With the World Cup now just days away, a successor has emerged to replace Paul the Octopus, one of the tournament's greatest prediction legends. In 2010, “El Pulpo Paul”, a resident of a German aquarium, correctly predicted the results of eight consecutive World Cup matches by choosing between flags placed on top of boxes containing food, usually a mussel or oyster. Paul's string of success elevated him to Oracle-like status and made him the unlikely star of the competition, which was held in South Africa that year. 

He died of natural causes not long after correctly predicting the Spanish victory against the Netherlands in the final match. (see him in action below.)

Now, it's time for a new animal psychic to take his place. According to The Wall Street Journal’s Will Davies, Chinese state media are reporting that a panda cub has been “invited” to predict World Cup results at a giant panda conservation center in Sichuan province. If the panda decides to become a World Cup consultant, it will likely make its predictions by climbing a tree flying a particular flag, or picking flag-marked food like Paul did. The Australian Associated Press reports that there will be more than one cub, and a “crack team” of baby pandas will be used to indicate victorious countries.

Of course, there are other animals touted as Paul’s gambling heirs. There was Citta, an Indian elephant living in the Krakow Zoo, who was chosen to predict the Euro 2012 outcome, along with the aptly named Psychic Pig. Ukraine’s Fred the Ferret was another pick for the European tournament, and was tasked with choosing between two bowls of beef each bearing a different country’s flag. None of them quite lived up to Paul's name.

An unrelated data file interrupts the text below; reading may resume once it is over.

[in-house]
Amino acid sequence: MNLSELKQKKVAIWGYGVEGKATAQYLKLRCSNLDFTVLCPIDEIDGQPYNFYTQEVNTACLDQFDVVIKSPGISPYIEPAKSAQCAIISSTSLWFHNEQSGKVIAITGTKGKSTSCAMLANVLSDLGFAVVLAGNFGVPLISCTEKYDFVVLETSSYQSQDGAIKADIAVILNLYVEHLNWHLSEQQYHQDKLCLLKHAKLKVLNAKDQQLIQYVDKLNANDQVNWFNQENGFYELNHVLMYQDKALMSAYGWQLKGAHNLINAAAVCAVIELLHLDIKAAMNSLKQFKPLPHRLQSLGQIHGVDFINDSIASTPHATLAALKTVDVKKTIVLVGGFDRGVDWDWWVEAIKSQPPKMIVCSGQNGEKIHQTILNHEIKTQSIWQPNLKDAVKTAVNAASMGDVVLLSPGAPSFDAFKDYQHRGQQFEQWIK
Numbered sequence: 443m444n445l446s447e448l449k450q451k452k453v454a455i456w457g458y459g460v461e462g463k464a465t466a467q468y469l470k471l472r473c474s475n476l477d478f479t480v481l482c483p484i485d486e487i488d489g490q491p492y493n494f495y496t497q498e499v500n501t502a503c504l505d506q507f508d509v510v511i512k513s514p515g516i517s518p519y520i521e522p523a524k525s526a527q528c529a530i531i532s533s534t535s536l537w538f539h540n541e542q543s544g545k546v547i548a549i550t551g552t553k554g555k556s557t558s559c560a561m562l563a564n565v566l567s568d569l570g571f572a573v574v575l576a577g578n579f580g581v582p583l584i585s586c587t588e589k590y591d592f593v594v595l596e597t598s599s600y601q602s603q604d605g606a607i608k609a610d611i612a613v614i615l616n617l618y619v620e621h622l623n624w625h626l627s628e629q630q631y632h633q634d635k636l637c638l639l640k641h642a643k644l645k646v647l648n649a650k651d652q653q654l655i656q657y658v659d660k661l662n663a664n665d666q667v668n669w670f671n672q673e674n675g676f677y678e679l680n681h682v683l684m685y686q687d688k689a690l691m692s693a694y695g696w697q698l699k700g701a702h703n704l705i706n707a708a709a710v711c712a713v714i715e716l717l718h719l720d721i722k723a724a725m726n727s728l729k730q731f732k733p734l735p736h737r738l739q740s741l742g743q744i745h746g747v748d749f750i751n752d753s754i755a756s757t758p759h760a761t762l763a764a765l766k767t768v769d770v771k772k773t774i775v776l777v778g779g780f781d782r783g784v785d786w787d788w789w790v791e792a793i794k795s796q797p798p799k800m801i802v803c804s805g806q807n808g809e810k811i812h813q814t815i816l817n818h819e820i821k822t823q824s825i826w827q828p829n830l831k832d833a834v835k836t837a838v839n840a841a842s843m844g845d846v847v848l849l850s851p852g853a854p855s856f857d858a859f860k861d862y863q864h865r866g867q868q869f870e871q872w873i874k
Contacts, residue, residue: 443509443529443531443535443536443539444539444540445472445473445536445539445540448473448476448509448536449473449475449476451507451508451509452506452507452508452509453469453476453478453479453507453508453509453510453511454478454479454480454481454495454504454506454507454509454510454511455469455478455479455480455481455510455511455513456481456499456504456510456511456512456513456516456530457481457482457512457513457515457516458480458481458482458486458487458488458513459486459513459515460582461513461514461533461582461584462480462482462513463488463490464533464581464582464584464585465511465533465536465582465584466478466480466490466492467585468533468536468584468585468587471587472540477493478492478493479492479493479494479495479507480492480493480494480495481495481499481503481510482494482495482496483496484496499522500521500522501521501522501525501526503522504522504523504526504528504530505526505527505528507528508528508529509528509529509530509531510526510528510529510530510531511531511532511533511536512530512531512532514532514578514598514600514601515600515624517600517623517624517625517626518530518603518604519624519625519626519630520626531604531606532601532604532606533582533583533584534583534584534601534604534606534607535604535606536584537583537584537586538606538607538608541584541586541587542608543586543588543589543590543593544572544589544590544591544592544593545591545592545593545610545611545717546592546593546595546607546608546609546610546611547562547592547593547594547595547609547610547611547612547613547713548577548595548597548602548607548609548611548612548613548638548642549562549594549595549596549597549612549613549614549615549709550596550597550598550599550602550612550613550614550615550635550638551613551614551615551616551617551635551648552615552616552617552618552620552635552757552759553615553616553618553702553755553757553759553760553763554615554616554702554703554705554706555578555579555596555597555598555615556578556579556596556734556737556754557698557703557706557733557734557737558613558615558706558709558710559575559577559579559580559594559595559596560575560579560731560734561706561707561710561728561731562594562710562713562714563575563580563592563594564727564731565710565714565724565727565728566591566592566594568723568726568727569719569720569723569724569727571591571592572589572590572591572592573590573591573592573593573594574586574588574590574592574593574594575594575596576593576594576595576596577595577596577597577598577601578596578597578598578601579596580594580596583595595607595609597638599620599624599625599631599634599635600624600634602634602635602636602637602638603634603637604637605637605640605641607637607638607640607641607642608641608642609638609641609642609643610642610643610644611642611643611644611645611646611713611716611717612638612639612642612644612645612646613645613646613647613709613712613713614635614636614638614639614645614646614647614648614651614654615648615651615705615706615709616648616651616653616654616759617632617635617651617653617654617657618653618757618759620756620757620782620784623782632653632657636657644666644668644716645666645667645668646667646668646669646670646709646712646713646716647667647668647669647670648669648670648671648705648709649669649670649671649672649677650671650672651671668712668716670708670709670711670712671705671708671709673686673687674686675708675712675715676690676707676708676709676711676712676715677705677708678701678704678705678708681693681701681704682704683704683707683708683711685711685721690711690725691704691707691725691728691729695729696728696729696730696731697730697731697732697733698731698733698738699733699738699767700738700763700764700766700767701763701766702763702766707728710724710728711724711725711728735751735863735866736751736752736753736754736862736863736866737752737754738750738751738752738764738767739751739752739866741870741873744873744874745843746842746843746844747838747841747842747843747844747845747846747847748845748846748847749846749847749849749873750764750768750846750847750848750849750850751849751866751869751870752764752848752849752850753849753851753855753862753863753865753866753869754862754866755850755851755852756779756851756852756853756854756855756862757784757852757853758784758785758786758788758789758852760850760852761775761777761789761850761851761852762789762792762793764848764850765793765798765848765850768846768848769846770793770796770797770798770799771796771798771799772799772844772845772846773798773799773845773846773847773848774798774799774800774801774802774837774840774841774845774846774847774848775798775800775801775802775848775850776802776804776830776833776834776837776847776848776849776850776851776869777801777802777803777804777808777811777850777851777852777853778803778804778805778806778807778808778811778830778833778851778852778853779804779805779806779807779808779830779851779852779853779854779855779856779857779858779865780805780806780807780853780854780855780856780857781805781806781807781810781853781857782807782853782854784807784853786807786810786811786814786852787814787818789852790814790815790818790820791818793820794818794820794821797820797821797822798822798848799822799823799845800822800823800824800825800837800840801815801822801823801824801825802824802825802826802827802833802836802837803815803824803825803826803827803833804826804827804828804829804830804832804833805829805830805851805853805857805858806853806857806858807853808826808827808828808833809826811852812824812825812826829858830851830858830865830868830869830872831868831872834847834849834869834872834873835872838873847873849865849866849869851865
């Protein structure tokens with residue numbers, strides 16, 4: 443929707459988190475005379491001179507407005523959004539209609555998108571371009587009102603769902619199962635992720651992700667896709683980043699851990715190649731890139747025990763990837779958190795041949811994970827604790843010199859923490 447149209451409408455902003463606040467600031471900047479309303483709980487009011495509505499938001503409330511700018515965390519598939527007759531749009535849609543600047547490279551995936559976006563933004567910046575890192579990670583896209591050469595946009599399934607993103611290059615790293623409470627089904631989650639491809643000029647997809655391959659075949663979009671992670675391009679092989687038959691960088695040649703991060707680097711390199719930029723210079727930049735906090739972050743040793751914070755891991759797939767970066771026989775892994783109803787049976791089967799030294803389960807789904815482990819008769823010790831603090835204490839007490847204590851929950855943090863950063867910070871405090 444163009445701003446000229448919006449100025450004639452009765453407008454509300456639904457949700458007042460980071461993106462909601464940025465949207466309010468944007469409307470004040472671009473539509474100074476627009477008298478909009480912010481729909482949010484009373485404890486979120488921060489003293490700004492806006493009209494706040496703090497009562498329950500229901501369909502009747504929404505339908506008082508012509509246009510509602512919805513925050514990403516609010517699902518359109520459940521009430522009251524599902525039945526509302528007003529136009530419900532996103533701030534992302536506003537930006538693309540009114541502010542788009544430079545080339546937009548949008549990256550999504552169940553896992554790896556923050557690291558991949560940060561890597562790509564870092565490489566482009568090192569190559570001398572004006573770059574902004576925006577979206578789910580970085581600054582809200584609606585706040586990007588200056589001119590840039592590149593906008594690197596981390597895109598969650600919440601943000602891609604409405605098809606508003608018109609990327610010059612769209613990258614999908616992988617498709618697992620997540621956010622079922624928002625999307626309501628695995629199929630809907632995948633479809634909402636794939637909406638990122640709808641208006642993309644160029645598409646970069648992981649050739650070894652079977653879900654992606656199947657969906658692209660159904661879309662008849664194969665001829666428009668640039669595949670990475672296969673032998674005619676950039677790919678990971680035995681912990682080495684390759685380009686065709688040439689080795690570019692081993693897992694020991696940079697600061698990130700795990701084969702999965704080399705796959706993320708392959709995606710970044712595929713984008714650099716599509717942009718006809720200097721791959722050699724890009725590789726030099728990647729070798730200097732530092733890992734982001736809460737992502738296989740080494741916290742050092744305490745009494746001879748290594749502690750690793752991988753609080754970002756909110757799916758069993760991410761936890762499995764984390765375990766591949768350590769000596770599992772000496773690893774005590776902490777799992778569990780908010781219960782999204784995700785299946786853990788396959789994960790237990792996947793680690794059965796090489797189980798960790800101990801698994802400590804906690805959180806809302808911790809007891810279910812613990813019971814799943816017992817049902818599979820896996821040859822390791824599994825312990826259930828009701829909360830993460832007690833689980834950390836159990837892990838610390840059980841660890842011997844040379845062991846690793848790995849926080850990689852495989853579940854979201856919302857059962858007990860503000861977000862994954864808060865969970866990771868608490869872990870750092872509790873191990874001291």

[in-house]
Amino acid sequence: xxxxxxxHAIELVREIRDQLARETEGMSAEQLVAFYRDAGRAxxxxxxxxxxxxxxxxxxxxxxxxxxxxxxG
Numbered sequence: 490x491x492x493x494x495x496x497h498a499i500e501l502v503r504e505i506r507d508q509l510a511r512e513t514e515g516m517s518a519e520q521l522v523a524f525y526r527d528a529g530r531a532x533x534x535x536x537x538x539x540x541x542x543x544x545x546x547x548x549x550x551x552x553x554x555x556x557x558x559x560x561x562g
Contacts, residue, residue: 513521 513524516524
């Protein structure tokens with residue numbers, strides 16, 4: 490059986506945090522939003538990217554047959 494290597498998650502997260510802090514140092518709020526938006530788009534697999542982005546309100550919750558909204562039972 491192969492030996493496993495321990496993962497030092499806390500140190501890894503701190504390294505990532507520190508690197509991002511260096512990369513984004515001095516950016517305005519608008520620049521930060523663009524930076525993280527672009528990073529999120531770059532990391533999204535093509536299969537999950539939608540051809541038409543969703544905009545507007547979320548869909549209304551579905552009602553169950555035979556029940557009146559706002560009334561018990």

In an eerie coincidence, earlier today, traffic in London was brought to a standstill by what appeared to be the ghost of Paul strapped to the back of a van. A truck carrying a giant octopus statue “broke down” in Oxford Circus (read: purposefully stopped in one of busiest places in London), causing chaos and prompting the best tweet in the history of government tweets from Transport for London. 

Sleuths eventually determined that Betfair, the online gambling site, was responsible for the broken down octopus, which is heading for a starring role in an advertising campaign that may or may not be World Cup related. Betfair tweeted a clue about the ad, which involves the octopus, and will likely be released tomorrow.